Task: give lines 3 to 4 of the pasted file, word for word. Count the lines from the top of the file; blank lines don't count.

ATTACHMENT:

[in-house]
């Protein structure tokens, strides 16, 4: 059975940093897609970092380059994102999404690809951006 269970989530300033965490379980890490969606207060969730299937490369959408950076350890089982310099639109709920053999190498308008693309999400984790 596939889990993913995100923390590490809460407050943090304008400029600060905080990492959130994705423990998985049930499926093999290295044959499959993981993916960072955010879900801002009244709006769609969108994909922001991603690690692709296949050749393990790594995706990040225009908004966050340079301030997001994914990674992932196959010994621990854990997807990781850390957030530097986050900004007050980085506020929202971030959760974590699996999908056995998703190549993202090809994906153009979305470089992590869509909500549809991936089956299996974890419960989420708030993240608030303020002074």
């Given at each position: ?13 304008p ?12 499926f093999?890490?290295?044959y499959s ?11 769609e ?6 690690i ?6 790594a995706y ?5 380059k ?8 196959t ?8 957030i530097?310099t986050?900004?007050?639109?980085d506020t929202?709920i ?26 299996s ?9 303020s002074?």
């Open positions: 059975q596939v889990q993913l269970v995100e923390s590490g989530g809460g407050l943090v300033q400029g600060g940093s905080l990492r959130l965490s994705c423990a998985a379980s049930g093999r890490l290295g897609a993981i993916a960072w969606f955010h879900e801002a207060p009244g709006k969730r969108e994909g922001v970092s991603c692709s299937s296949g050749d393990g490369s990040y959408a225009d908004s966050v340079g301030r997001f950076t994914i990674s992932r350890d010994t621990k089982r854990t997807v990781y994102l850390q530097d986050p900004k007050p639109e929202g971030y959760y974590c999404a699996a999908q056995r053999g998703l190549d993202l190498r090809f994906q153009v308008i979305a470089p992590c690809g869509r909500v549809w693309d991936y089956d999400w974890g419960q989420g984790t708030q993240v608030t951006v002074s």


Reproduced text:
């Given at each position: ?13 304008p ?12 499926f093999?890490?290295?044959y499959s ?11 769609e ?6 690690i ?6 790594a995706y ?5 380059k ?8 196959t ?8 957030i530097?310099t986050?900004?007050?639109?980085d506020t929202?709920i ?26 299996s ?9 303020s002074?």
């Open positions: 059975q596939v889990q993913l269970v995100e923390s590490g989530g809460g407050l943090v300033q400029g600060g940093s905080l990492r959130l965490s994705c423990a998985a379980s049930g093999r890490l290295g897609a993981i993916a960072w969606f955010h879900e801002a207060p009244g709006k969730r969108e994909g922001v970092s991603c692709s299937s296949g050749d393990g490369s990040y959408a225009d908004s966050v340079g301030r997001f950076t994914i990674s992932r350890d010994t621990k089982r854990t997807v990781y994102l850390q530097d986050p900004k007050p639109e929202g971030y959760y974590c999404a699996a999908q056995r053999g998703l190549d993202l190498r090809f994906q153009v308008i979305a470089p992590c690809g869509r909500v549809w693309d991936y089956d999400w974890g419960q989420g984790t708030q993240v608030t951006v002074s």